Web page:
Look, as a media person, I’m not going to scream the phrase “FAKE NEWS.” Instead, I’ll offer a kind reminder to vet what you’re reading, and to sadly burst the bubble that tortillas, as delicious and convenient as they are, are unfortunately not an STI-preventing or cancer-curing superfood. If you saw that claim on a news site this week and found yourself ready to run to Taco Bell for a Quesarito, maybe pause for a second.
On Tuesday, Telemundo picked up a supposed study by the National Autonomous University of Mexico (UNAM). Telemundo had reported that there was allegedly a decreased risk of human papillomavirus—commonly known as HPV—transmission in people who ate corn tortillas. HPV is the most common sexually transmitted infection, affecting most sexually active people at some point in their lives, according to the CDC. While most cases of HPV resolve on their own without leading to further health problems, some strains have been proven to cause cervical cancer.
Eating tortillas as prevention sounds groundbreaking, of course, so the story was syndicated onto a whole bunch of local news affiliates from NBC New York to Washington, DC’s WJLA and Oregon’s KVAL, who wrote, “Fans of tacos, rejoice, because it seems tortillas may actually keep you healthy.” Versions of the story popped up all over the internet.
As of yesterday, however, the story had changed. Numerous outlets retracted the story, including NBC New York, which added a disclaimer to reflect the updates. It reads: “A story on the purported health benefits of corn tortillas for certain types of cancer has been withdrawn. The university that conducted the cancer research says it did not study any link with tortillas or corn products.” NBC's headline, which had presumably called tortillas a “secret weapon against HPV,” per the URL, now says “Editor’s Note: Tortillas / Cancer Story.”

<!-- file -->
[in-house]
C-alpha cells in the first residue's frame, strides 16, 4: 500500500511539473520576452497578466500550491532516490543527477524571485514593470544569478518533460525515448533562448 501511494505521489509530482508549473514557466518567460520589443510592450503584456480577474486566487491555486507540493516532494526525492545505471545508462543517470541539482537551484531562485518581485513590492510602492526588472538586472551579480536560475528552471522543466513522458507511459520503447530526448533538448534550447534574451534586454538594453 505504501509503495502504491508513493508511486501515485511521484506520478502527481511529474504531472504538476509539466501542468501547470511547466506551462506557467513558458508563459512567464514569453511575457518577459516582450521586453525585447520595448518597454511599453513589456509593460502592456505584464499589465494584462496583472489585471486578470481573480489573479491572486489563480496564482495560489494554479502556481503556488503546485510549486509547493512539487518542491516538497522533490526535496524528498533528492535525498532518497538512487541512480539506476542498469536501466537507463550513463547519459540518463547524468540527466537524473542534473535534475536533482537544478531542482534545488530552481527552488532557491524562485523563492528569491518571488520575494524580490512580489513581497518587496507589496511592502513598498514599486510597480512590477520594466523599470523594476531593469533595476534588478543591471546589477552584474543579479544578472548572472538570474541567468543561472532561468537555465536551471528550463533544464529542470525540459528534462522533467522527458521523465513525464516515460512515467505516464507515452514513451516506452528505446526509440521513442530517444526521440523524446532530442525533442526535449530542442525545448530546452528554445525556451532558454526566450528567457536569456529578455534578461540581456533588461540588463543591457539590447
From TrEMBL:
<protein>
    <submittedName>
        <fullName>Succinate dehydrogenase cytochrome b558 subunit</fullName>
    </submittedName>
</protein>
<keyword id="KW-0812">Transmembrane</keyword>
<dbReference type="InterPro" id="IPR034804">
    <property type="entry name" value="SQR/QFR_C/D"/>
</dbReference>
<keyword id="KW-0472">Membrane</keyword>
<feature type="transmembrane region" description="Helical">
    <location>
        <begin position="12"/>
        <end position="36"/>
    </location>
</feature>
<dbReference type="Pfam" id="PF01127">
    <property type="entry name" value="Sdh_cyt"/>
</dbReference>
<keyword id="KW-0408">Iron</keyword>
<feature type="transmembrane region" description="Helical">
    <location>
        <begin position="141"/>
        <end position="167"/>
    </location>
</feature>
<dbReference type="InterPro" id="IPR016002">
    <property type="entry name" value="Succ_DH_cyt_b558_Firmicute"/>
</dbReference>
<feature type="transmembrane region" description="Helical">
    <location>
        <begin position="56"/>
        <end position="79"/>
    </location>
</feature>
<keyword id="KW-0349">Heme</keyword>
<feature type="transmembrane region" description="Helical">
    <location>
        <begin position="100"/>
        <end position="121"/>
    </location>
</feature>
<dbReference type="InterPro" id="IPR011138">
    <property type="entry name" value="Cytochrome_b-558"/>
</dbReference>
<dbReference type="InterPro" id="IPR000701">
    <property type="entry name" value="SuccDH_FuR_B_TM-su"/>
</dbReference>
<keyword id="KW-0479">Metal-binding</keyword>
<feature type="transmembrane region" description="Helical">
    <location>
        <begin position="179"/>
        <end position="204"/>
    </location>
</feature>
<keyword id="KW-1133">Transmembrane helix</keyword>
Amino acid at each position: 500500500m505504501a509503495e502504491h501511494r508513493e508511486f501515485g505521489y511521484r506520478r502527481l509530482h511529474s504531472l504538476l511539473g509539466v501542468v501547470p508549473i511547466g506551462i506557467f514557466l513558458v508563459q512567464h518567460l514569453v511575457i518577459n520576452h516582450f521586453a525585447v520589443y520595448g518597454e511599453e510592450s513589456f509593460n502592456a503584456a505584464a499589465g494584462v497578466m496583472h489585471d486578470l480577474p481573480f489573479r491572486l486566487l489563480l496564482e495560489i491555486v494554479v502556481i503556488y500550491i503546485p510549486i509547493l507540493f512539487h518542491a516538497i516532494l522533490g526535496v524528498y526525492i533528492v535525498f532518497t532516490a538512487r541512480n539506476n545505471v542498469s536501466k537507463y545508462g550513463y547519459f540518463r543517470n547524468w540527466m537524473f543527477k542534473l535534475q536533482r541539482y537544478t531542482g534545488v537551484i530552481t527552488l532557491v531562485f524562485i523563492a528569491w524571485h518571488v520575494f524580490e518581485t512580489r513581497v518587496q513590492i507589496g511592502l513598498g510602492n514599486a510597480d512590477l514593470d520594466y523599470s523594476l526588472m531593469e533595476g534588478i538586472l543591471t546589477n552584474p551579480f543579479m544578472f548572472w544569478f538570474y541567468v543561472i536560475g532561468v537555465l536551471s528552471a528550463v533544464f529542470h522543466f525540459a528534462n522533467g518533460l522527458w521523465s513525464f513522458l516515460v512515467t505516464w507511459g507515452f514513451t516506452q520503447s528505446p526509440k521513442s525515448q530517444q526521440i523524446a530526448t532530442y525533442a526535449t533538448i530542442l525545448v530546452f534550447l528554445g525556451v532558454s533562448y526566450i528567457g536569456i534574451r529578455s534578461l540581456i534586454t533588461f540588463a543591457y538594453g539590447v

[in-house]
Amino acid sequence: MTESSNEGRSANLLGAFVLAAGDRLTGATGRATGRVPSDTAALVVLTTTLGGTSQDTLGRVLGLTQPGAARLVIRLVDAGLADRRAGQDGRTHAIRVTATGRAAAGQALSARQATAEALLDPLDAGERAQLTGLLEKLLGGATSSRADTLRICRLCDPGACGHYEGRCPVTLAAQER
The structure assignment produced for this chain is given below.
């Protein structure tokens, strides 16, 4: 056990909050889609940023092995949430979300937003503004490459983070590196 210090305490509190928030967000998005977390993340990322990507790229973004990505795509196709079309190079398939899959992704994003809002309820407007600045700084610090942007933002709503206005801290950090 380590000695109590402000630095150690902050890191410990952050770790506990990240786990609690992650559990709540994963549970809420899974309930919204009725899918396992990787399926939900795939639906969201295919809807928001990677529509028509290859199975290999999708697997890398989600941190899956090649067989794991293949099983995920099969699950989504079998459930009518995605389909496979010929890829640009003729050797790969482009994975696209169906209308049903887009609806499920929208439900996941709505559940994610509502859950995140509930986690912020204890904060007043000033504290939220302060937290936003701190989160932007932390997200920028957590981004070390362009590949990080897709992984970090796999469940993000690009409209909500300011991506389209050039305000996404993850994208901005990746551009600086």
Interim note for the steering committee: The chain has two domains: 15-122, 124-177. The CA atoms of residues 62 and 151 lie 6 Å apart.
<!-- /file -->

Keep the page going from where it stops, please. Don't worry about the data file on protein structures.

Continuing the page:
Other news sites are also starting to strike it from the records, with many of the stories that were proclaiming tortillas an anti-HPV miracle just yesterday now resulting in error messages. Telemundo, which was cited as the source for all those reports, has also updated its story. Roughly translated, Telemundo’s piece now says, “The UNAM indicated that it does not corroborate such assertions, for which we present our regrets.” (MUNCHIES has reached out to UNAM for comment; we have not yet heard back.)
It’s still unclear where Telemundo’s conclusion came from, as the alleged study isn’t linked in any of the reports. For now, go ahead, get that Quesarito—just don’t expect it to be a stand-in for the HPV vaccine.